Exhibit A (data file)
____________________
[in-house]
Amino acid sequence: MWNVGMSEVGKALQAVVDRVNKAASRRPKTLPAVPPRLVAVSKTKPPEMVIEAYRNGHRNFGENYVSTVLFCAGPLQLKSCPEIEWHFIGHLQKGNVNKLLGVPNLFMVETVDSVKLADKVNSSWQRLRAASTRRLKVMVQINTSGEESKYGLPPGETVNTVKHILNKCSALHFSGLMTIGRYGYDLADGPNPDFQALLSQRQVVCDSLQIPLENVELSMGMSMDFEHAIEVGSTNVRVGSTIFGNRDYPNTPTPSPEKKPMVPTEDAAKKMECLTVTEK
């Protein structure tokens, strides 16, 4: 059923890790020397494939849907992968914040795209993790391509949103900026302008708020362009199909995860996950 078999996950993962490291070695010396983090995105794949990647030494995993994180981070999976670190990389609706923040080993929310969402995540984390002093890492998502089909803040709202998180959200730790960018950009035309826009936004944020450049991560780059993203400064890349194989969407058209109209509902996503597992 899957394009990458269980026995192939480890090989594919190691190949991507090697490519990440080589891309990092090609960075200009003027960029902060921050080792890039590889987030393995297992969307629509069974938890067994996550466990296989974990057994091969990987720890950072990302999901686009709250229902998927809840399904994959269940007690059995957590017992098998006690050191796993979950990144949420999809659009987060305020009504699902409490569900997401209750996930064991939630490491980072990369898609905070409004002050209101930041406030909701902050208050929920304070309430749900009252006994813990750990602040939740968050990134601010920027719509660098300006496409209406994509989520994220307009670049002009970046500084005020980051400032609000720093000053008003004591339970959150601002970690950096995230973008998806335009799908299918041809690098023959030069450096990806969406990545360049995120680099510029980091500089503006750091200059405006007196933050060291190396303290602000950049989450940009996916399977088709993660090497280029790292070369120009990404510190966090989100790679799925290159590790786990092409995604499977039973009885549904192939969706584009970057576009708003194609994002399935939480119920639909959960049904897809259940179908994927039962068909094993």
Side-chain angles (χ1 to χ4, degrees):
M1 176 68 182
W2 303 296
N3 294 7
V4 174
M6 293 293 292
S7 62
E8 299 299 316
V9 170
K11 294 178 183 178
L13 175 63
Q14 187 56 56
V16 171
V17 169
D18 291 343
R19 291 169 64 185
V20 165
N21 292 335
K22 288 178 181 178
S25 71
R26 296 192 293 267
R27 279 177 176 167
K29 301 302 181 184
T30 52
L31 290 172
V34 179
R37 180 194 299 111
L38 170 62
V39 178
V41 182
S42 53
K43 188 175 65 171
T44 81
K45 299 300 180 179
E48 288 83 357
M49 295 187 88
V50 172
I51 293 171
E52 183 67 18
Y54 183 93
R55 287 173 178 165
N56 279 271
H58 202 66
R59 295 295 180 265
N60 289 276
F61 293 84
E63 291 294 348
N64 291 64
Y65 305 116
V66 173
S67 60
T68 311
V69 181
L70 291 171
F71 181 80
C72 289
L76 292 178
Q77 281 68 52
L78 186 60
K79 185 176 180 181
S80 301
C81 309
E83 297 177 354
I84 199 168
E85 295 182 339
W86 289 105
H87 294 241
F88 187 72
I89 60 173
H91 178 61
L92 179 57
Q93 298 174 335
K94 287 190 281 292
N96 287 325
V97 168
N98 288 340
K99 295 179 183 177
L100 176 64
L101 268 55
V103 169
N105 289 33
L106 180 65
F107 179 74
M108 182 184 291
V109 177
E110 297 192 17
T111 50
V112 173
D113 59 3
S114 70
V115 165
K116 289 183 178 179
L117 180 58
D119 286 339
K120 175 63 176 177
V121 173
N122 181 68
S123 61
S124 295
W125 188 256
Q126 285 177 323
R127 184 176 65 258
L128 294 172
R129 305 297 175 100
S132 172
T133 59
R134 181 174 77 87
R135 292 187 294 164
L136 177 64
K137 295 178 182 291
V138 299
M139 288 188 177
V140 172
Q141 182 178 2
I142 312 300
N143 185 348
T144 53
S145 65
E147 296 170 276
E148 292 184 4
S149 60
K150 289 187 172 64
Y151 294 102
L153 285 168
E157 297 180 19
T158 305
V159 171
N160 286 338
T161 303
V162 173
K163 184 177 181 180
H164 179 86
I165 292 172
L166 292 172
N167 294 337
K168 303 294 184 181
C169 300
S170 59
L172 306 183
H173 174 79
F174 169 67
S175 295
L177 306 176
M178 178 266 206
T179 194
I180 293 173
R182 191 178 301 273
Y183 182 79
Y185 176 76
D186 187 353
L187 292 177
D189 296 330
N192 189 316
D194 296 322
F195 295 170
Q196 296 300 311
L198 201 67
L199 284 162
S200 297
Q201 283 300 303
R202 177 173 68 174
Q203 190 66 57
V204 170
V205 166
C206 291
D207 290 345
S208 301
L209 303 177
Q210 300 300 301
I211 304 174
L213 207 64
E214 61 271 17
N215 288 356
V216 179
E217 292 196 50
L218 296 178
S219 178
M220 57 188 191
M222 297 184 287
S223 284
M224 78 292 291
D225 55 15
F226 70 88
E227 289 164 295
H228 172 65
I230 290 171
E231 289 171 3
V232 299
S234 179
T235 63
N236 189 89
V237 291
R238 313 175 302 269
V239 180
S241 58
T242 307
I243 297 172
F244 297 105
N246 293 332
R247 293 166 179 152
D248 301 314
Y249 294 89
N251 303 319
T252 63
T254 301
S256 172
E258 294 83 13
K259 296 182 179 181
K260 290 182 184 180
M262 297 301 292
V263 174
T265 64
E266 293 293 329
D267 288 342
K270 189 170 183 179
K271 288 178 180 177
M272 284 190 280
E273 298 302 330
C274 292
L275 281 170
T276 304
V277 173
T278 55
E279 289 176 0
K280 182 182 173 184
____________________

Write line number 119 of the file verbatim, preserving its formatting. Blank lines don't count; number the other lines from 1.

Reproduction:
N143 185 348